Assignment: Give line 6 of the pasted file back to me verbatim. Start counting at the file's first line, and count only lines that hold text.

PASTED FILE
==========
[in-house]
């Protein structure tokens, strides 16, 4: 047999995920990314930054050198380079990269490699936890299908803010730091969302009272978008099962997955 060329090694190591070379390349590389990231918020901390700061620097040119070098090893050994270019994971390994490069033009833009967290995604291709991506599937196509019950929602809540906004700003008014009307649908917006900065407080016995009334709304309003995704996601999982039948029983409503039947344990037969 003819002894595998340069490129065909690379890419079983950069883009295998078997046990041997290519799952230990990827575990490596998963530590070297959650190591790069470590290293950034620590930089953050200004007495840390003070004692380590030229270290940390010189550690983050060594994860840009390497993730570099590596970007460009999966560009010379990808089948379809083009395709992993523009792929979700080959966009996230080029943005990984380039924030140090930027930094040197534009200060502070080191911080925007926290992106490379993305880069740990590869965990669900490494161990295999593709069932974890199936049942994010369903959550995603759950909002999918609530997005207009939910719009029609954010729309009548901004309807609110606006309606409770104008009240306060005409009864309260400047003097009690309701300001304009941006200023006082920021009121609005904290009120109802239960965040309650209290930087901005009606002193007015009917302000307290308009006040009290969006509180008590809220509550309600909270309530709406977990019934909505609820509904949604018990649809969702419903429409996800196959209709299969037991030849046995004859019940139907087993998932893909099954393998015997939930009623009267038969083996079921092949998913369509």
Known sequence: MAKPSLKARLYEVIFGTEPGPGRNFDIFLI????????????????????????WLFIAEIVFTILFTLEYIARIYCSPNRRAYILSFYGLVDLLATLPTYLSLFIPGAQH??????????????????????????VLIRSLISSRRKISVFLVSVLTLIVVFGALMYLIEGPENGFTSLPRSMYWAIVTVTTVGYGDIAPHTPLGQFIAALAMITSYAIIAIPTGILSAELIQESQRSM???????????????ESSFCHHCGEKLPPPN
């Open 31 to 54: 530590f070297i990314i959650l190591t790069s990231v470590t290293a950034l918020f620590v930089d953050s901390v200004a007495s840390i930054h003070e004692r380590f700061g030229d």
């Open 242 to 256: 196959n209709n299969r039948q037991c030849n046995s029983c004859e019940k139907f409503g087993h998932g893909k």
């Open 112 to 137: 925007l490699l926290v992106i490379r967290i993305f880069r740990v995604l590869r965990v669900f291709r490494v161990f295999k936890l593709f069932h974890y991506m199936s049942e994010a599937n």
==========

């Open 112 to 137: 925007l490699l926290v992106i490379r967290i993305f880069r740990v995604l590869r965990v669900f291709r490494v161990f295999k936890l593709f069932h974890y991506m199936s049942e994010a599937n």